I attended Back to School Night at my children’s school. I went into the science classroom eager to meet the teacher and to discover how she would be inspiring her students to love science and nature.
I departed in sorrow. The science teacher is also the social studies teacher. She happens to know there is very little science on the standardized test for this grade level, so she won’t be focusing too much on it.
If this is the sentiment of educators in a magnet school whose students were accepted for admission based on their above-average aptitudes, how could I hope it is any better in general population schools?
I knew there was much grumbling about ‘teaching to the test,’ but I could not have imagined that educators would forsake their higher mission. I have never met a person who said “I wanted to be a teacher so I can encourage learners to learn only what they must to get by.”
The pragmatist in me wants to scrutinize the curricula of social studies, and other subjects, to find areas where science overlaps in order to argue the importance of teaching science. I want to find the research articles that demonstrate that students with a solid science education score higher on those tests in other subject areas as well. I need to prove that programming at the nature park is worthwhile. I need to demonstrate why I – the natural science interpreter – am relevant to society. But, I can’t help but feel sad that I must show these things to – of all people – professional educators.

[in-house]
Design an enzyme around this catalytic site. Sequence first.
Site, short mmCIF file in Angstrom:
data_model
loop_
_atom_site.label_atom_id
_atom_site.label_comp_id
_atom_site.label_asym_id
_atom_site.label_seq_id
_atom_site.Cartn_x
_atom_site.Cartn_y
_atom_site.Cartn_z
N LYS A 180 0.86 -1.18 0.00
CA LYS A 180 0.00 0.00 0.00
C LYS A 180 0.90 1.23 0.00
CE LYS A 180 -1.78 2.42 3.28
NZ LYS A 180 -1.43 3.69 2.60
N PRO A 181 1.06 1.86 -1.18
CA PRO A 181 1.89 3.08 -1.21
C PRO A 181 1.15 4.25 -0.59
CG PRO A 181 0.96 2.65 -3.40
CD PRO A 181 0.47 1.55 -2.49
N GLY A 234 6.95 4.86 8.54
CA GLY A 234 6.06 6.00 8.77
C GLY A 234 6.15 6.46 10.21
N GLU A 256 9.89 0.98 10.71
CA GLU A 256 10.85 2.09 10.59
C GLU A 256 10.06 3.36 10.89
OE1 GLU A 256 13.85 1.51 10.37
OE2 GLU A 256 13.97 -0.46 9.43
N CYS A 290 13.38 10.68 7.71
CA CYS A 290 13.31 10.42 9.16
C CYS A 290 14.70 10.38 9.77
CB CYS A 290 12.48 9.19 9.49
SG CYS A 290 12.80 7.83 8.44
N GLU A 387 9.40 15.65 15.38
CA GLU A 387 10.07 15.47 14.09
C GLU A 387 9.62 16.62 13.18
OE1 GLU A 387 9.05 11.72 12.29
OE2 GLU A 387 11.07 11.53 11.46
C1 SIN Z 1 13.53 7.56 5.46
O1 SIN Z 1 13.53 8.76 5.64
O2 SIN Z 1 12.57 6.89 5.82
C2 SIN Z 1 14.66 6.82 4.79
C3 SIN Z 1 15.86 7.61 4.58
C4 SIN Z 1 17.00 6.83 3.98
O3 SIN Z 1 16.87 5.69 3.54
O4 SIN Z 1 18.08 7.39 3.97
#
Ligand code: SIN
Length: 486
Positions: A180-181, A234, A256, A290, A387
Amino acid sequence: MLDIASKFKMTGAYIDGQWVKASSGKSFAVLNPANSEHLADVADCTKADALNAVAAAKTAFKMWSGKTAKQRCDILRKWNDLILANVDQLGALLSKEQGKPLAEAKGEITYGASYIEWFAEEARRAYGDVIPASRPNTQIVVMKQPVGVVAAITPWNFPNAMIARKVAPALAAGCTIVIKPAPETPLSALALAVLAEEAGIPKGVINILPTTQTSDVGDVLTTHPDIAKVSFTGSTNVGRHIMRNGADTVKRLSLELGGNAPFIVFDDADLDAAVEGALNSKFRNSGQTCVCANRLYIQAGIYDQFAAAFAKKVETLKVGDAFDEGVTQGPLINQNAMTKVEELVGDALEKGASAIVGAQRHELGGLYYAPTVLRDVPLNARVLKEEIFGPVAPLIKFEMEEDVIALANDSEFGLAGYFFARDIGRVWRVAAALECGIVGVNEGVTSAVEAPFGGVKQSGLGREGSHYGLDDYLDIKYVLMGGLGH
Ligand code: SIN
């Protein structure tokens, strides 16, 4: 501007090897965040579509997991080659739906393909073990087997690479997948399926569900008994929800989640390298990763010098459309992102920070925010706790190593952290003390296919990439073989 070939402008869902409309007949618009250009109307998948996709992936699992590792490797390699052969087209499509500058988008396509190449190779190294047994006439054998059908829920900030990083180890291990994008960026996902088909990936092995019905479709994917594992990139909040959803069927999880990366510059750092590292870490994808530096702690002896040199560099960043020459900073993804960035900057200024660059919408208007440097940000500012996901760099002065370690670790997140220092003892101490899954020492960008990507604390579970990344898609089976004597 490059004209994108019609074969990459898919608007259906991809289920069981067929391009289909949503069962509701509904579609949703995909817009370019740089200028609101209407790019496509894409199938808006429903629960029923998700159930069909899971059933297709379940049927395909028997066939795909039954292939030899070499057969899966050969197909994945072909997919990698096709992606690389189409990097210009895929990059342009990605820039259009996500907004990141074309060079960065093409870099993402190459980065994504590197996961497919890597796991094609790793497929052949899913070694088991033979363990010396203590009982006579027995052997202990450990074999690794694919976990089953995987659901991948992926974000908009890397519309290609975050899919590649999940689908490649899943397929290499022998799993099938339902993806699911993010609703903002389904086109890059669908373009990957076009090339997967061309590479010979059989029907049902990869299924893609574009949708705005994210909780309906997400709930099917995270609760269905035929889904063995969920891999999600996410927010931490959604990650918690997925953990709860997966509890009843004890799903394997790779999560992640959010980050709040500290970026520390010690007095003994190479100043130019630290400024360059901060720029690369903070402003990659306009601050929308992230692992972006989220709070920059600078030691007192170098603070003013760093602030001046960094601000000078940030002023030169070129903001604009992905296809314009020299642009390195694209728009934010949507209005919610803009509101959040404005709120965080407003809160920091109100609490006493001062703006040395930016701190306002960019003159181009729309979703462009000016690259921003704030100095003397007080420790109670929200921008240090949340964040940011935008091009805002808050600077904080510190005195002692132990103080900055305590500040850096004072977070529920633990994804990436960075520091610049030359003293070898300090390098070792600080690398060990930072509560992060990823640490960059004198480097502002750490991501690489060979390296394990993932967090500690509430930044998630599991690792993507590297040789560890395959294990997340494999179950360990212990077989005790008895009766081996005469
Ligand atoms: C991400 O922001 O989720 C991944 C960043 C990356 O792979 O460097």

I wish the schools had the courage to put those standardized tests in their place and get back to the business of exposing young minds to existing knowledge and encouraging them to explore and make new discoveries.